What is an Accountant's Opinion

An accountant's opinion is a statement by an independent auditor expressing its view regarding the quality of information contained in a set of financial reports. For audits of companies in the U.S., the opinion may be an unqualified opinion in accordance with generally accepted accounting principles (GAAP), a qualified opinion, or an adverse opinion.

BREAKING DOWN Accountant's Opinion

The accountant's opinion is presented in an auditor's report that accompanies an annual filing (Form 10-K). The report begins with an introductory section outlining the responsibility of management and the responsibility of the audit firm. The second section identifies the financial statements on which the accountant's opinion is given. The next section states the opinion. If applicable, another section may be presented to provide further explanation regarding an opinion that is not unqualified.

Types of Accountant's Opinions

The three opinion types are unqualified, qualified and adverse. An unqualified opinion is also known as a clean opinion. The accountant reports an unqualified opinion if the financial statements are judged to be free of material misstatements. In addition, an unqualified opinion is given over the internal controls of an entity if management has claimed responsibility for its establishments and maintenance, and the accountant has performed fieldwork to test its effectiveness.

A qualified opinion is given when a company's financial records have not entirely been presented in accordance with GAAP. Although the wording of a qualified opinion is very similar to an unqualified opinion, the accountant provides an additional paragraph in its opinion letter explaining its reasons why it believes certain exclusions to a clean opinion exist.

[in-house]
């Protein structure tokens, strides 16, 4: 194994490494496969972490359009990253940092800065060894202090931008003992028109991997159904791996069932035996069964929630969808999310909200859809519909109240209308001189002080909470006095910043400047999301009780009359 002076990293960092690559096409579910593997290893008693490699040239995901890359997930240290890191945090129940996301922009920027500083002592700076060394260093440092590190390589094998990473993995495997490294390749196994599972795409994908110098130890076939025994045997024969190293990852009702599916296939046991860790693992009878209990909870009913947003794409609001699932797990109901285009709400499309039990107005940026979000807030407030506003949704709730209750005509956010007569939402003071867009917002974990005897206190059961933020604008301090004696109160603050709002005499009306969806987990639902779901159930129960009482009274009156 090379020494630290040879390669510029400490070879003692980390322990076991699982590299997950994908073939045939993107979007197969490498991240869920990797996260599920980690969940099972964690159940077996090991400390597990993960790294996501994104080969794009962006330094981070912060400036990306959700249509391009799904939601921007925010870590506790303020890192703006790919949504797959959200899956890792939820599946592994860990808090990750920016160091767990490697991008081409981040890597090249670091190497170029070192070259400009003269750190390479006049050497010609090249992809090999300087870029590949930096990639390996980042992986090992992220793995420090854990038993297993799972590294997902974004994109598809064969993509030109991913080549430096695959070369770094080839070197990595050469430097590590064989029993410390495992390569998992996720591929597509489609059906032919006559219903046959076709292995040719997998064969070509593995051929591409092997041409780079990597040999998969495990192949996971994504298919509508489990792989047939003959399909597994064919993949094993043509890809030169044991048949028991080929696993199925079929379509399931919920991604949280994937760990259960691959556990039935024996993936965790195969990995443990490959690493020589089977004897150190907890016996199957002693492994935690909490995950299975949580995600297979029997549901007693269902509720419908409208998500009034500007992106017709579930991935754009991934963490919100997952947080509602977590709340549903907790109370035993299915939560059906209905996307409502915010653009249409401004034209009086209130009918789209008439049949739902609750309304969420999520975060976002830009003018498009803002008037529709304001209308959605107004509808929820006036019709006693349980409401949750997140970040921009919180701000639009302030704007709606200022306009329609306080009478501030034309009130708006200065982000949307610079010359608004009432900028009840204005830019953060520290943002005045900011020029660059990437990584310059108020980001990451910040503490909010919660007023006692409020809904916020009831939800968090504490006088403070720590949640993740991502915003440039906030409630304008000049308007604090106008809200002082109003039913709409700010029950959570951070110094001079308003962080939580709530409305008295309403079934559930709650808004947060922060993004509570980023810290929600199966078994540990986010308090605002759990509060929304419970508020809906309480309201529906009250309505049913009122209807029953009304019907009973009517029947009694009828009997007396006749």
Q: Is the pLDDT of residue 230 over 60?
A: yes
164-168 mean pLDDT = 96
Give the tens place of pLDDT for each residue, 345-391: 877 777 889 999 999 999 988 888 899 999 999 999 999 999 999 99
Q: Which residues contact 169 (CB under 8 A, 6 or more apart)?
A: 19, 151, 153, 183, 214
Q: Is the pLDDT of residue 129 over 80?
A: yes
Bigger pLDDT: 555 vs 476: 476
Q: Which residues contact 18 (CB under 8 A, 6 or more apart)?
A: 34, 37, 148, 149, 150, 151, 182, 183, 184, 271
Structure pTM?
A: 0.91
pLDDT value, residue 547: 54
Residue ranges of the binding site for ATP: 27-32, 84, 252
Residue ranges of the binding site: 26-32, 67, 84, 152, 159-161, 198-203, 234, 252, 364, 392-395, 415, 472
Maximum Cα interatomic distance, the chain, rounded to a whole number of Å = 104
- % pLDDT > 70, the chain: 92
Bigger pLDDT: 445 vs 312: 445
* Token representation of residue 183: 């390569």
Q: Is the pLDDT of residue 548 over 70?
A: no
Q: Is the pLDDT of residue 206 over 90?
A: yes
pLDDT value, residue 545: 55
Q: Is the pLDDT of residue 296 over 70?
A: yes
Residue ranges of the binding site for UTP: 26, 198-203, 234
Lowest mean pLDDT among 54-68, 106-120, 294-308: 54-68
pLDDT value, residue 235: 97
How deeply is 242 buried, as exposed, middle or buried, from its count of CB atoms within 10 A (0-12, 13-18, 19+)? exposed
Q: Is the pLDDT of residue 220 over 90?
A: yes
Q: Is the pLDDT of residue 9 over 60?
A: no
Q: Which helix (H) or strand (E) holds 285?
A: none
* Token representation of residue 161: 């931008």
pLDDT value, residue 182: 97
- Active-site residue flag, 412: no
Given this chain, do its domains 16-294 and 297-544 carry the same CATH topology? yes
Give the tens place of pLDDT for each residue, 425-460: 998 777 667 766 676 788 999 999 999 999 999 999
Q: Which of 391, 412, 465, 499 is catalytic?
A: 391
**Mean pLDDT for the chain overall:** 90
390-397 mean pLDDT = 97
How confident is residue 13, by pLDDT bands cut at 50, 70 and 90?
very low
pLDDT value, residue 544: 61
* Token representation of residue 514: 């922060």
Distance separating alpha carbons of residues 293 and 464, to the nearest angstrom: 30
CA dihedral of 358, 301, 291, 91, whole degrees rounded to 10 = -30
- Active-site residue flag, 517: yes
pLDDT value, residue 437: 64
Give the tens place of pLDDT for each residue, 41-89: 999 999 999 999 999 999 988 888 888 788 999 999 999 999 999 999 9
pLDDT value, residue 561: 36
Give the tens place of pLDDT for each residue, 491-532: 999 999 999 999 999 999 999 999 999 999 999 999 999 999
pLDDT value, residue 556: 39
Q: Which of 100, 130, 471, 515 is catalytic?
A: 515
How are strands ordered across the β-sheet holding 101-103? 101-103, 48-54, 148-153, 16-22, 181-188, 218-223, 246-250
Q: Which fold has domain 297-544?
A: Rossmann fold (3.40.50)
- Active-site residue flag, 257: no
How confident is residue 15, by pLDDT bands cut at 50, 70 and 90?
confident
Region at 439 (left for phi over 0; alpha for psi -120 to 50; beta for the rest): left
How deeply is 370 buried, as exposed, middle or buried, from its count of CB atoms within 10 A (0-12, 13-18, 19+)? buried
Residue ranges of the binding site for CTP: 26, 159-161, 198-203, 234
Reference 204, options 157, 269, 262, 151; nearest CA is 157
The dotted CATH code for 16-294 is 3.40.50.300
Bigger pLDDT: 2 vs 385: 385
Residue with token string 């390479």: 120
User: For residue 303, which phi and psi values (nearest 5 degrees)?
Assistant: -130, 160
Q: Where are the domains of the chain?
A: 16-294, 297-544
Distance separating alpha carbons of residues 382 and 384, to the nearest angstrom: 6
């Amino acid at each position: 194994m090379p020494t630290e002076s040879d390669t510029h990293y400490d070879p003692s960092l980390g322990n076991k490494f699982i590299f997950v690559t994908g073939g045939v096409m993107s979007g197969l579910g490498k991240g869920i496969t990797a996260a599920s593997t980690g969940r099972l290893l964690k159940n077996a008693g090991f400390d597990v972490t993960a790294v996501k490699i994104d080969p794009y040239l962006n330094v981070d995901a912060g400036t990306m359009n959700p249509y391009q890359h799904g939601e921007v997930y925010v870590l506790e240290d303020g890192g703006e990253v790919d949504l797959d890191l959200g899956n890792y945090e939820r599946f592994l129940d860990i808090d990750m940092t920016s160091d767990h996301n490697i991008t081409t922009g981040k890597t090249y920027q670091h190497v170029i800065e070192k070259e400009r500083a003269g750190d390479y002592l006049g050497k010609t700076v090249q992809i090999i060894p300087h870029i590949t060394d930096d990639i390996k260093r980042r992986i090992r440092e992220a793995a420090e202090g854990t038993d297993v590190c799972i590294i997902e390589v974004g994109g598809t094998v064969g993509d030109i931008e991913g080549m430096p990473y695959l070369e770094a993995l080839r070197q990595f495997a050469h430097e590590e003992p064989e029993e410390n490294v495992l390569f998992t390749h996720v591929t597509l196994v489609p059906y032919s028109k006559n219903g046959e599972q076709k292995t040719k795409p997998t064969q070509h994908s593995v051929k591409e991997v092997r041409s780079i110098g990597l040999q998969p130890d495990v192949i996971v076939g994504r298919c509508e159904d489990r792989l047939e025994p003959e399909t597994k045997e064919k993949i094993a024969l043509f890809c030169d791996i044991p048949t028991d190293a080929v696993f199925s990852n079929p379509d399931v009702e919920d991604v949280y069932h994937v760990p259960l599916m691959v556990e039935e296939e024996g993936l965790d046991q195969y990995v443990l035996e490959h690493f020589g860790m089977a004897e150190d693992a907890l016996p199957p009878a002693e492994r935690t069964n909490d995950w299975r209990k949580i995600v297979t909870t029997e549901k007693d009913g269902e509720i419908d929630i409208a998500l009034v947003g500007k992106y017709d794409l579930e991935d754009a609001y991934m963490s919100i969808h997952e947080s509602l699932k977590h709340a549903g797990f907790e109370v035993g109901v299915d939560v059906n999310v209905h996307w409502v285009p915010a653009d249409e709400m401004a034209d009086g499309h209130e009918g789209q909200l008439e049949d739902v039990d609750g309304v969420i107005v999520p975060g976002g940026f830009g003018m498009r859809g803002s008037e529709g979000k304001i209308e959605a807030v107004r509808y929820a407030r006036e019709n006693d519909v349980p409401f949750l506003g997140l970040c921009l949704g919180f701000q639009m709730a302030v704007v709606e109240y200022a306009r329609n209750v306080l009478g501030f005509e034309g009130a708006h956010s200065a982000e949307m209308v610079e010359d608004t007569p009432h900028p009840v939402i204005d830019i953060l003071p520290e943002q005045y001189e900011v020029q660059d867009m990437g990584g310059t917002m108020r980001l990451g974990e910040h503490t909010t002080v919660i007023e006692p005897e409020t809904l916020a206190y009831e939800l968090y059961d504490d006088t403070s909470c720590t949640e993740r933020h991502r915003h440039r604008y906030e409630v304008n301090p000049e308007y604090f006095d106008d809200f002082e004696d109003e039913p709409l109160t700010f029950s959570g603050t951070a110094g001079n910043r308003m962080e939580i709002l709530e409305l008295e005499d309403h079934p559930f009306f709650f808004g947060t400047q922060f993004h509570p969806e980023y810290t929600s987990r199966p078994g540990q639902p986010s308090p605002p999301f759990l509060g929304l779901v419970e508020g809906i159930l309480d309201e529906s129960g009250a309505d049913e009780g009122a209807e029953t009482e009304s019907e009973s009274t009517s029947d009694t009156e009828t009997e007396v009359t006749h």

The most unfavorable opinion a company may receive is an adverse opinion, indicating that its financial records violate many or key GAAP rules and contain material misstatements. An adverse opinion may be an indicator of fraud, and public entities that receive an adverse opinion are forced to correct their financial statements and yield to a follow-up audit. Investors, lenders and other financial institutions typically reject financial statements with adverse opinions.

In the event that an accountant is unable to complete an audit due to lack of financial records or insufficient cooperation from management, the accountant will issue a disclaimer of opinion. This indicates that no opinion over the financial statements could be reasonably rendered. However, note that a disclaimer of opinion is not considered an accountant's opinion.